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Monday, January 25 • 3:00pm - 3:20pm
Spatially Explicit Assessment of Landscape Characteristics Influencing Trophy White-Tailed Deer Harvests Through Time

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AUTHORS: Rebecca L. Cain*, Michigan State University; David M. Williams, Michigan State University; William F. Porter, Michigan State University

ABSTRACT: When the number of records is mapped, it is easy to see that the harvest of trophy white-tailed deer Odocoileus virginianus varies spatially, thus some areas of the United States are more likely than others to produce trophy individuals. Due to the high energetic and nutritional requirements of antler growth, only healthy deer are able to produce antlers large enough to achieve trophy status. Therefore, areas that consistently report trophy harvests must denote the presence of favorable habitat, management, or other ecological conditions. Research on white-tailed deer has predominantly been conducted at small-spatial scales, thus the influence of environmental conditions across broad geographic regions is essentially unknown. Although there are many ideas about the factors driving the spatial heterogeneity in trophy whitetail harvests, no studies have been conducted at this landscape scale to test if these assumptions are accurate. Our objective was to evaluate the influence of various landscape characteristics on the number of trophy white-tailed deer harvested in the Midwestern region of the United States. We used the Boone and Crockett Club’s century-long database of trophy deer to examine the trends at a regional scale. We chose the Midwest for our study area because this region has consistently produced record-sized deer. Moreover, we used counties as the spatial unit for the reported harvest of trophy whitetails. We collected data on land cover, climate, and trophy deer harvests. We analyzed the impact of explanatory variables on the number of Boone and Crockett records for trophy white-tailed deer using a spatial-temporal model within a Bayesian framework for 858 counties (9 states). We quantify and discuss various landscape characteristics that influence trophy white-tailed deer harvest. Findings from this research provide new information relating broad-scale environmental features to population health.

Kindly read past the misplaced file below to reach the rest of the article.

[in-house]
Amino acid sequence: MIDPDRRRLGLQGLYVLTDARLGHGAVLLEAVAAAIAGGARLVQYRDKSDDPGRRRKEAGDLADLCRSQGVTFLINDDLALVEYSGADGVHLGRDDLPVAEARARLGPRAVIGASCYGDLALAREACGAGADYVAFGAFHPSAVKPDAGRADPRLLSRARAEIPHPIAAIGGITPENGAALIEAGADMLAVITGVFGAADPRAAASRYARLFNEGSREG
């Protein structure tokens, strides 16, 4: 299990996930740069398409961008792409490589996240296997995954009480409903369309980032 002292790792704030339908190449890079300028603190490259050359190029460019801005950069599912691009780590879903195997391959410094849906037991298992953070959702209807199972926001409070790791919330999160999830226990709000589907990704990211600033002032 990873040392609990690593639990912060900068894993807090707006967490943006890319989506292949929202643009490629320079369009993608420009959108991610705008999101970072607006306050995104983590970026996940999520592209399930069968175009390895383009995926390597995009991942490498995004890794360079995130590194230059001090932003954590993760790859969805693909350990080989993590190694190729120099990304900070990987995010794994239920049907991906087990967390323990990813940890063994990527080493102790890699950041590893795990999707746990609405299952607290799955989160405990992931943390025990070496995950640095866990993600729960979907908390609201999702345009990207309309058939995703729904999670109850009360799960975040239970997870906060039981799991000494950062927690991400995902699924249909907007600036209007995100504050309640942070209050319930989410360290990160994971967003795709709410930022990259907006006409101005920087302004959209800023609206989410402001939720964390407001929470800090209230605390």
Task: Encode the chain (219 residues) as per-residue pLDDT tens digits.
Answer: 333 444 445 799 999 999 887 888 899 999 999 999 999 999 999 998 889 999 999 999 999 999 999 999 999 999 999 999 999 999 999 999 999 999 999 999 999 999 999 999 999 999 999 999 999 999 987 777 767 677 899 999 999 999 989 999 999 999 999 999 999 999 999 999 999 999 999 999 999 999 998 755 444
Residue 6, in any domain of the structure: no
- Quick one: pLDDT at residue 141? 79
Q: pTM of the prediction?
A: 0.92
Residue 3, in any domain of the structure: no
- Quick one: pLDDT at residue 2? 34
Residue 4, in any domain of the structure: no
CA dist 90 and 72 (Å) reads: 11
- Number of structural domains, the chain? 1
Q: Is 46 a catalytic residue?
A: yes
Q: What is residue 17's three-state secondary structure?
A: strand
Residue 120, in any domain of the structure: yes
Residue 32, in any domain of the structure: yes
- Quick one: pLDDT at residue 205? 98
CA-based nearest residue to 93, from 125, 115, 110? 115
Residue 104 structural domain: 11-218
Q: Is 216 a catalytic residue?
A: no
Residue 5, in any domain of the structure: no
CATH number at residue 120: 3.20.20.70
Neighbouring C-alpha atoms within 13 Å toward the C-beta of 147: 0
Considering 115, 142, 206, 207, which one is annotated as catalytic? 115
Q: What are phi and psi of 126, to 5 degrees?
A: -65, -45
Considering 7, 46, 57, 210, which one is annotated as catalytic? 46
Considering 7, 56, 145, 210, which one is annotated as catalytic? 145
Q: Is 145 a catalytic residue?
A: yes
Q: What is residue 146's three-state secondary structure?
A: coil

Monday January 25, 2016 3:00pm - 3:20pm
Vandenberg A

Attendees (24)